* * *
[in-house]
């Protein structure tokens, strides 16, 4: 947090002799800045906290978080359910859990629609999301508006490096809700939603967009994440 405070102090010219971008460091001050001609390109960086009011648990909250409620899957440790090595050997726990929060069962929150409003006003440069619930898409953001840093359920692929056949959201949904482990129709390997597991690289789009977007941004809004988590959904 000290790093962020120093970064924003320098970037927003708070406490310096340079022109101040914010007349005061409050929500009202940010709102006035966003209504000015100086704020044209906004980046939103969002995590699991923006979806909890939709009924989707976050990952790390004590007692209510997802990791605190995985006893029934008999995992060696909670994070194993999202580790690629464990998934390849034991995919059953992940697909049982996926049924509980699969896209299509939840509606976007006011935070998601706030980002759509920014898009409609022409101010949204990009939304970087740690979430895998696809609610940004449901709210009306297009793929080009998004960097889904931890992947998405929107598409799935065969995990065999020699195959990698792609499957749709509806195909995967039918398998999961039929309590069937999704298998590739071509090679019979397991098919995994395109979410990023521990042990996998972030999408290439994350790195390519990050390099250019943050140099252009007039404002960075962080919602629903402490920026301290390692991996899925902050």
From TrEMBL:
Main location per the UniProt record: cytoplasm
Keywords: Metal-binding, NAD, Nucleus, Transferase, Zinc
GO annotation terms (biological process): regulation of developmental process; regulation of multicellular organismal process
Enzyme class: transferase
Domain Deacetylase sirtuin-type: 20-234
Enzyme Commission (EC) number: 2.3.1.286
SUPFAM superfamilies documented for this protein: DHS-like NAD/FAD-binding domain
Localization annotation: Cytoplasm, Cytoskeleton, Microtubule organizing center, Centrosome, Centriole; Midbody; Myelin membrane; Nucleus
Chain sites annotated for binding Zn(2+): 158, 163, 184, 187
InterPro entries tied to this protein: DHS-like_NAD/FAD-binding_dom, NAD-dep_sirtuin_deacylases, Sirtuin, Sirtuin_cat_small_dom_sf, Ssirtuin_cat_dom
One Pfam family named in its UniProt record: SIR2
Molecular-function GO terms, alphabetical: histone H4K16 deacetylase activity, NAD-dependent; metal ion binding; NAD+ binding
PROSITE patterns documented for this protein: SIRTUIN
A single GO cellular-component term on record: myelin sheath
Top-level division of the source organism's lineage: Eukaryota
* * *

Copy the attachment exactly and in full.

[in-house]
């Protein structure tokens, strides 16, 4: 947090002799800045906290978080359910859990629609999301508006490096809700939603967009994440 405070102090010219971008460091001050001609390109960086009011648990909250409620899957440790090595050997726990929060069962929150409003006003440069619930898409953001840093359920692929056949959201949904482990129709390997597991690289789009977007941004809004988590959904 000290790093962020120093970064924003320098970037927003708070406490310096340079022109101040914010007349005061409050929500009202940010709102006035966003209504000015100086704020044209906004980046939103969002995590699991923006979806909890939709009924989707976050990952790390004590007692209510997802990791605190995985006893029934008999995992060696909670994070194993999202580790690629464990998934390849034991995919059953992940697909049982996926049924509980699969896209299509939840509606976007006011935070998601706030980002759509920014898009409609022409101010949204990009939304970087740690979430895998696809609610940004449901709210009306297009793929080009998004960097889904931890992947998405929107598409799935065969995990065999020699195959990698792609499957749709509806195909995967039918398998999961039929309590069937999704298998590739071509090679019979397991098919995994395109979410990023521990042990996998972030999408290439994350790195390519990050390099250019943050140099252009007039404002960075962080919602629903402490920026301290390692991996899925902050």
From TrEMBL:
Main location per the UniProt record: cytoplasm
Keywords: Metal-binding, NAD, Nucleus, Transferase, Zinc
GO annotation terms (biological process): regulation of developmental process; regulation of multicellular organismal process
Enzyme class: transferase
Domain Deacetylase sirtuin-type: 20-234
Enzyme Commission (EC) number: 2.3.1.286
SUPFAM superfamilies documented for this protein: DHS-like NAD/FAD-binding domain
Localization annotation: Cytoplasm, Cytoskeleton, Microtubule organizing center, Centrosome, Centriole; Midbody; Myelin membrane; Nucleus
Chain sites annotated for binding Zn(2+): 158, 163, 184, 187
InterPro entries tied to this protein: DHS-like_NAD/FAD-binding_dom, NAD-dep_sirtuin_deacylases, Sirtuin, Sirtuin_cat_small_dom_sf, Ssirtuin_cat_dom
One Pfam family named in its UniProt record: SIR2
Molecular-function GO terms, alphabetical: histone H4K16 deacetylase activity, NAD-dependent; metal ion binding; NAD+ binding
PROSITE patterns documented for this protein: SIRTUIN
A single GO cellular-component term on record: myelin sheath
Top-level division of the source organism's lineage: Eukaryota